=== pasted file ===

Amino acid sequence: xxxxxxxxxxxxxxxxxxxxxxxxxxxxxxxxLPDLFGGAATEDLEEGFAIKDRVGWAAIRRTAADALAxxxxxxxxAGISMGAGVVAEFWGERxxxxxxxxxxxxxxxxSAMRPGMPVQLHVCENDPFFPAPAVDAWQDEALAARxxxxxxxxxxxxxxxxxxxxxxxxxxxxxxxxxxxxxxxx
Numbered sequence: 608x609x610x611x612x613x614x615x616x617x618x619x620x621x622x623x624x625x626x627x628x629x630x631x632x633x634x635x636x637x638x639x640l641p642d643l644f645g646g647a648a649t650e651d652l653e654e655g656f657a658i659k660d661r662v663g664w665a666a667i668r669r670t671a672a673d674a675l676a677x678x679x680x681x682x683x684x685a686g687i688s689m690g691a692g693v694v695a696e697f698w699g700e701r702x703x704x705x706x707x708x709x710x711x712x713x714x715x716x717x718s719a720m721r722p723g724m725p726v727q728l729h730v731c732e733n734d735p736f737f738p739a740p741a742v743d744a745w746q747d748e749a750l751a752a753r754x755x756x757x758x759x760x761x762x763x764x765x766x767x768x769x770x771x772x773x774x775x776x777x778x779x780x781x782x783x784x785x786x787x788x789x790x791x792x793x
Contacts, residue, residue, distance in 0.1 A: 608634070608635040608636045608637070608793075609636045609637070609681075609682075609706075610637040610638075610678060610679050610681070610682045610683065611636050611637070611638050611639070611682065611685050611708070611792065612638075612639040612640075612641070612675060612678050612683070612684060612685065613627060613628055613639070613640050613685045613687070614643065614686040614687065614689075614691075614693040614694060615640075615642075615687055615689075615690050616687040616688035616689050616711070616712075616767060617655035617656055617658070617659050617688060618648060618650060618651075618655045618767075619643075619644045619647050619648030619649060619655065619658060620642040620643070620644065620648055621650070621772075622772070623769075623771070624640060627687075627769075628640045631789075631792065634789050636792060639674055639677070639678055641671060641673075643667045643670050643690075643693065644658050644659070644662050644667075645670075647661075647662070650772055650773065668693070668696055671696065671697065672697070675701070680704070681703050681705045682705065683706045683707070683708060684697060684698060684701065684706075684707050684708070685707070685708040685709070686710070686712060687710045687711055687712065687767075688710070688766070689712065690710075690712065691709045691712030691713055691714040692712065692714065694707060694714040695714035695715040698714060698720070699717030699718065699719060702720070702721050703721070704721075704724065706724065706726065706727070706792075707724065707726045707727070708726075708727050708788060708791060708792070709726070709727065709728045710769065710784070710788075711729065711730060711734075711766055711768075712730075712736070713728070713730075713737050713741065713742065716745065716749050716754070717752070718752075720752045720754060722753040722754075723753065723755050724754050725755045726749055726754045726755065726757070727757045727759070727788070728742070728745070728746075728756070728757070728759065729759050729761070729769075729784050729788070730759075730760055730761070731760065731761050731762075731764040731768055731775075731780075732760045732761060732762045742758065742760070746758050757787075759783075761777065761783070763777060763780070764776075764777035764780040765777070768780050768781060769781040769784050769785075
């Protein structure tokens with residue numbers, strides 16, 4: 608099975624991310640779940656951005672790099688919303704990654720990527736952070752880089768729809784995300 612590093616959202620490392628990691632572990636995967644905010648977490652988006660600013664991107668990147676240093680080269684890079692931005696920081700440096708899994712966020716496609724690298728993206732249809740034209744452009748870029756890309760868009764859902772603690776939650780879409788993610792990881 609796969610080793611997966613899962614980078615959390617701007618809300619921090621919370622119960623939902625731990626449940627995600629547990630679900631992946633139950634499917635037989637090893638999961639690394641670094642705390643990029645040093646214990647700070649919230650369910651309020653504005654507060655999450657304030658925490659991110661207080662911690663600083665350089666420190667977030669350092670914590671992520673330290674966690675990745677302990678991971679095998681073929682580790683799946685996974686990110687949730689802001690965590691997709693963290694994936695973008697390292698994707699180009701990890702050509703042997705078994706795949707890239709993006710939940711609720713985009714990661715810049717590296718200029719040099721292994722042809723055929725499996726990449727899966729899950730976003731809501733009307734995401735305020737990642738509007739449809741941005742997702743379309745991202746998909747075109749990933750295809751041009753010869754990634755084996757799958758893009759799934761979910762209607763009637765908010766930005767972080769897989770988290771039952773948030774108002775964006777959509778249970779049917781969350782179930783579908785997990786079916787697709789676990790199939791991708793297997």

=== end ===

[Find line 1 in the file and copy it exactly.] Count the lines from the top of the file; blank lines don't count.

Amino acid sequence: xxxxxxxxxxxxxxxxxxxxxxxxxxxxxxxxLPDLFGGAATEDLEEGFAIKDRVGWAAIRRTAADALAxxxxxxxxAGISMGAGVVAEFWGERxxxxxxxxxxxxxxxxSAMRPGMPVQLHVCENDPFFPAPAVDAWQDEALAARxxxxxxxxxxxxxxxxxxxxxxxxxxxxxxxxxxxxxxxx